Tuesday, July 28, 2015

Turkish Chicken Kebabs – Expect More

I’d like to think that all the chicken coming off American grills this summer will be as tasty, juicy, and tender, as these Turkish chicken kebabs, but I know better. This has nothing to do with cooking skills, or quality of grills, but rather the unremarkable residue of low expectations.

People simply don’t expect much from their grilled chicken, and that’s exactly what they get. They use too little seasoning, and way too much time on the grill, followed by the inevitable barbecue sauce cover-up. Sure, the chicken was dry, but at least we couldn’t taste it.

It doesn’t have to be this way. By using a flavorful, yogurt-based marinade, like the one seen herein, even inexperienced grillers can produce impressive results. The acid and calcium in the yogurt tenderizes the meat, and unless it’s horribly over-cooked, you’ll be enjoying the kind of succulent chicken you didn’t even realize was possible.

Like I mentioned in the video, I’m not sure how "Turkish" this is. It’s loosely based on a lamb marinade I’ve used for a long time, but it really worked beautifully on these thighs. I really hope you give this easy, and very adaptable recipe a try soon. Enjoy!


Ingredients for 4 large portions:
1 cup plain whole milk Greek yogurt
2 tablespoons olive oil
2 or 3 tablespoons freshly squeezed lemon juice
2 tbsp ketchup
6 finely minced garlic cloves
1 tbsp kosher salt
1 teaspoon freshly ground black pepper
1 tbsp Aleppo red pepper flakes
1 teaspoon paprika
1 1/2 teaspoon cumin
1/8 teaspoon cinnamon
2 1/2 pounds boneless skinless chicken thighs
4 long metal skewers

Friday, July 24, 2015

The Best Chocolate Chip Cookies. Ever.

I know, everybody says that, but I really mean it. These are, these have to be, the best chocolate chip cookies, ever. Crispy around the edges, chewy and chocolaty in the middle, and thin, oh so thin.

The only way someone doesn’t love these, is if they prefer thick cookies instead, which, in that case, makes their opinion invalid, since they’re obviously crazy. Besides, you know you can just press two thin cookies together to get a thick one. Right?

My “secret” formula has been adapted from Alton Brown’s famous, “The Thin” recipe, and is fairly foolproof. The only real variable is the baking time, since we all scoop slightly different amounts. Mine took about 12 minutes, but if you make yours a little bigger, or smaller, that time will change.

And yes, of course you can add nuts to yours! I’m a walnut guy from way back, but decided to go sans nuts for this video. Speaking of nuts, you’re nuts if you don’t try this very simple, and amazing chocolate chip cookie recipe soon. Enjoy!


Ingredients for about 32 Chocolate Chip Cookies (depending on size):
2 1/4 cups all-purpose flour
1 1/4 teaspoons kosher salt (or 3/4 teaspoon of fine table salt)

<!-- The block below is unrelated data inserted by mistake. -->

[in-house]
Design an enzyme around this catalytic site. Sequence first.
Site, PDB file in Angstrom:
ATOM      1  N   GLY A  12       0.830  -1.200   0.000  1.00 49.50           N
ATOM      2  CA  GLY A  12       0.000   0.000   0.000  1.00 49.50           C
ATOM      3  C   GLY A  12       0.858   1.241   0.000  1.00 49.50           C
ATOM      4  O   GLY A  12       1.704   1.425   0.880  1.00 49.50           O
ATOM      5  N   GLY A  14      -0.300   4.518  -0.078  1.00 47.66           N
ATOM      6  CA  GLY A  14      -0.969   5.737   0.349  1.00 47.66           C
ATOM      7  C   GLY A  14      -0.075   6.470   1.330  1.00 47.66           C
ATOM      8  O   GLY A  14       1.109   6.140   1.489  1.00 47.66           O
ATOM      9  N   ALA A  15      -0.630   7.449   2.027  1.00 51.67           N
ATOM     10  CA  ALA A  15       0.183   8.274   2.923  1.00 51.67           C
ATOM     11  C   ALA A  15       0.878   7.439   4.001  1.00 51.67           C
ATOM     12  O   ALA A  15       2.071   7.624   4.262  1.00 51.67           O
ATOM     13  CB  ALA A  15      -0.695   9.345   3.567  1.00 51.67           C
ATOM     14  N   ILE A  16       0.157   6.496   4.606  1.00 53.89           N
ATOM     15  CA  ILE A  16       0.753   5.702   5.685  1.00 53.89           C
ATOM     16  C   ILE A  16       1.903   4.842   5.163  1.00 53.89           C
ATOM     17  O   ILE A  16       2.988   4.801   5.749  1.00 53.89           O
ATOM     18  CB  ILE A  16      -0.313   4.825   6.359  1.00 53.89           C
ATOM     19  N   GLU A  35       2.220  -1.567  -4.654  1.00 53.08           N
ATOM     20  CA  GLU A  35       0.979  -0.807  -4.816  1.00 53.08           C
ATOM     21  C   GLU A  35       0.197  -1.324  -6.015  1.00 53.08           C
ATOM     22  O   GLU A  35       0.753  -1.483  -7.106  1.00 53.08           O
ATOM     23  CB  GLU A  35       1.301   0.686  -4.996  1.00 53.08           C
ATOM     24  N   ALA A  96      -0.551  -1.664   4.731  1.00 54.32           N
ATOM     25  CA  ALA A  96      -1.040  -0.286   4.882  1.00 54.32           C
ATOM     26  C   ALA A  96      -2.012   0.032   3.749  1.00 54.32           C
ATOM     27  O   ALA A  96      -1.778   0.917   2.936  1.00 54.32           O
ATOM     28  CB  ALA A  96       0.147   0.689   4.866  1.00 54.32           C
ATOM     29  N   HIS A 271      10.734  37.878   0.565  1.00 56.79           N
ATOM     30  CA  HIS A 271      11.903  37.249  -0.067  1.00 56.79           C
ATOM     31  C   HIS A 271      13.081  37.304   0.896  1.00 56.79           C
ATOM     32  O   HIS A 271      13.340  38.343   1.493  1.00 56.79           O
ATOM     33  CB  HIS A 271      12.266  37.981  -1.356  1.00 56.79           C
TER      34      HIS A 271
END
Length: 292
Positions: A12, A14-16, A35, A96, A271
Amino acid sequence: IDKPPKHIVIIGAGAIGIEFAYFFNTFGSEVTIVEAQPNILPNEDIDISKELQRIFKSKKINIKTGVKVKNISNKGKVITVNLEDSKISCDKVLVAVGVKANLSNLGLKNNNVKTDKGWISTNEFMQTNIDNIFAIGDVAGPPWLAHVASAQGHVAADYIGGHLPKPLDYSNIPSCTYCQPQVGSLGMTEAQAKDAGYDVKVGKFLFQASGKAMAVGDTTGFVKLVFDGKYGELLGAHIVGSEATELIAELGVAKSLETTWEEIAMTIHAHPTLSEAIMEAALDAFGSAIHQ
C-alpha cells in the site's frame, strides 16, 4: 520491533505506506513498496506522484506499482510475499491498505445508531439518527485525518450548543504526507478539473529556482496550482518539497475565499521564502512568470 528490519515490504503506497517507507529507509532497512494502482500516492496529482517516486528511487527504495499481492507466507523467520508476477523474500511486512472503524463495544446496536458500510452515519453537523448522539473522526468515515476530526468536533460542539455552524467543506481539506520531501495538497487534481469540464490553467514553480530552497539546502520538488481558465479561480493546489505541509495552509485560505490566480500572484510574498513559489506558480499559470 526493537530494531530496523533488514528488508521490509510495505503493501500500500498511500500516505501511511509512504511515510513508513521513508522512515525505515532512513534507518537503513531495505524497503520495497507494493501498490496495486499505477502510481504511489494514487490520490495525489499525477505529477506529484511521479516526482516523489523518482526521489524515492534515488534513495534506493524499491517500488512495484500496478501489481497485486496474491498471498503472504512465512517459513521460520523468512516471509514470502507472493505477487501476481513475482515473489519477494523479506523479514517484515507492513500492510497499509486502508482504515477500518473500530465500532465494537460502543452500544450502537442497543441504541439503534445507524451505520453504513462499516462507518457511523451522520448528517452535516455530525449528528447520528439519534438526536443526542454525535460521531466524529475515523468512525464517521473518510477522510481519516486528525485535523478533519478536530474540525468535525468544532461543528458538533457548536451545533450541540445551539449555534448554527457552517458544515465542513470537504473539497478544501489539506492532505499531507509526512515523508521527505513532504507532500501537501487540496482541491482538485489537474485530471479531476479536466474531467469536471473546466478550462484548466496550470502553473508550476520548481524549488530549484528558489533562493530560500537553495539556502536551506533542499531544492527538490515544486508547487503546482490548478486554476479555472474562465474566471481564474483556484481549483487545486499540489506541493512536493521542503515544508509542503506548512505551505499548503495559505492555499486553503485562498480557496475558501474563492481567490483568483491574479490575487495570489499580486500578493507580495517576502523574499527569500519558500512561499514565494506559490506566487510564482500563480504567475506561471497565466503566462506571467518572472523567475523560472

1 teaspoon baking soda
2 sticks (1 cup) very soft unsalted *butter
*I used a high-quality European-style butter, and recommend you do the same. Cheaper butters will have more water content, which can affect the fat ratio, and thickness of your cookie.
1 cup sugar
1/2 cup light brown sugar
1 1/4 teaspoons vanilla extract
2 tablespoons milk
1 large egg
2 cups semisweet chocolate chips
- Bake at 375 F. for about 12 minutes

Tuesday, July 21, 2015

Grilled Prosciutto-Wrapped Peaches with Burrata and Basil – An Exceptional Summer Exception

There are many people, myself included, that think cooking prosciutto is basically a crime against nature; but there are exceptions, and this plate of grilled peaches with burrata is one incredibly delicious example. 

Having said that, I used a domestic version, which works beautifully here, so we’re not expecting you to use up your precious prosciutto di Parma.

As far as the peaches go, you want something ripe, and sweet, but still somewhat firm. Above and beyond not being too soft, you must also make sure you’re buying “freestone” peaches. Non-freestone varieties will not separate as seen in the video. Ask the produce person at the market, and if they’re not sure, have them cut one open. They’re usually happy to do so!

After you talk to them, head over to the cheese department, and pick up some burrata. This extra rich and creamy cousin of mozzarella is not that hard to find, and really puts this over the top. You could use a nice, fresh mozzarella, or even a full-fat ricotta instead, but, if at all possible, find some burrata, and treat yourself to one of the world’s great cheese experiences. I hope you give this great summer recipe a try soon. Enjoy!


Ingredients for 2 large or 4 small portions:
2 ripe, sweet, but not soft peaches (must be “freestone”)
3 or 4 thin slices prosciutto, torn in ribbons
6 ounces (about 3/4 cup) burrata cheese
salt and pepper to taste
extra virgin olive oil as needed
1 tbsp finely sliced fresh basil leaves